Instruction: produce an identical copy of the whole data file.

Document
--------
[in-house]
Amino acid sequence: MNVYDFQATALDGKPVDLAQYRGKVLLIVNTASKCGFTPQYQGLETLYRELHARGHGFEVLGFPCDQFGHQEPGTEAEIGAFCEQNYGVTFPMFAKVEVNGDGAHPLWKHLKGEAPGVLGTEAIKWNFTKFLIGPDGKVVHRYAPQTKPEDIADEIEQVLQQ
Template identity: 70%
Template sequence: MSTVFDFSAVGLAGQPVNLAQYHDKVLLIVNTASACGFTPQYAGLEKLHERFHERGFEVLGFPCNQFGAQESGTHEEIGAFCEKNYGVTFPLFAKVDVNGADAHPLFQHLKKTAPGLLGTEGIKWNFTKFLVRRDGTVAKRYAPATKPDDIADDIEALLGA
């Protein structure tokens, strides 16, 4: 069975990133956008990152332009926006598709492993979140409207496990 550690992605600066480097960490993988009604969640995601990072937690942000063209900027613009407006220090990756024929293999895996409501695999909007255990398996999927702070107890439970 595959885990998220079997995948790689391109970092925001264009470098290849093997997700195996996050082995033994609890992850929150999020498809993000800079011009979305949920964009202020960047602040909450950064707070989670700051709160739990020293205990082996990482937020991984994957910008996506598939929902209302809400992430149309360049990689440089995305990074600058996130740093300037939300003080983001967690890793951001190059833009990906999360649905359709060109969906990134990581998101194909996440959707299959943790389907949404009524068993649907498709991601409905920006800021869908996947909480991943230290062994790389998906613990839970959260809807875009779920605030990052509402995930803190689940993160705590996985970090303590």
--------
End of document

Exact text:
[in-house]
Amino acid sequence: MNVYDFQATALDGKPVDLAQYRGKVLLIVNTASKCGFTPQYQGLETLYRELHARGHGFEVLGFPCDQFGHQEPGTEAEIGAFCEQNYGVTFPMFAKVEVNGDGAHPLWKHLKGEAPGVLGTEAIKWNFTKFLIGPDGKVVHRYAPQTKPEDIADEIEQVLQQ
Template identity: 70%
Template sequence: MSTVFDFSAVGLAGQPVNLAQYHDKVLLIVNTASACGFTPQYAGLEKLHERFHERGFEVLGFPCNQFGAQESGTHEEIGAFCEKNYGVTFPLFAKVDVNGADAHPLFQHLKKTAPGLLGTEGIKWNFTKFLVRRDGTVAKRYAPATKPDDIADDIEALLGA
């Protein structure tokens, strides 16, 4: 069975990133956008990152332009926006598709492993979140409207496990 550690992605600066480097960490993988009604969640995601990072937690942000063209900027613009407006220090990756024929293999895996409501695999909007255990398996999927702070107890439970 595959885990998220079997995948790689391109970092925001264009470098290849093997997700195996996050082995033994609890992850929150999020498809993000800079011009979305949920964009202020960047602040909450950064707070989670700051709160739990020293205990082996990482937020991984994957910008996506598939929902209302809400992430149309360049990689440089995305990074600058996130740093300037939300003080983001967690890793951001190059833009990906999360649905359709060109969906990134990581998101194909996440959707299959943790389907949404009524068993649907498709991601409905920006800021869908996947909480991943230290062994790389998906613990839970959260809807875009779920605030990052509402995930803190689940993160705590996985970090303590």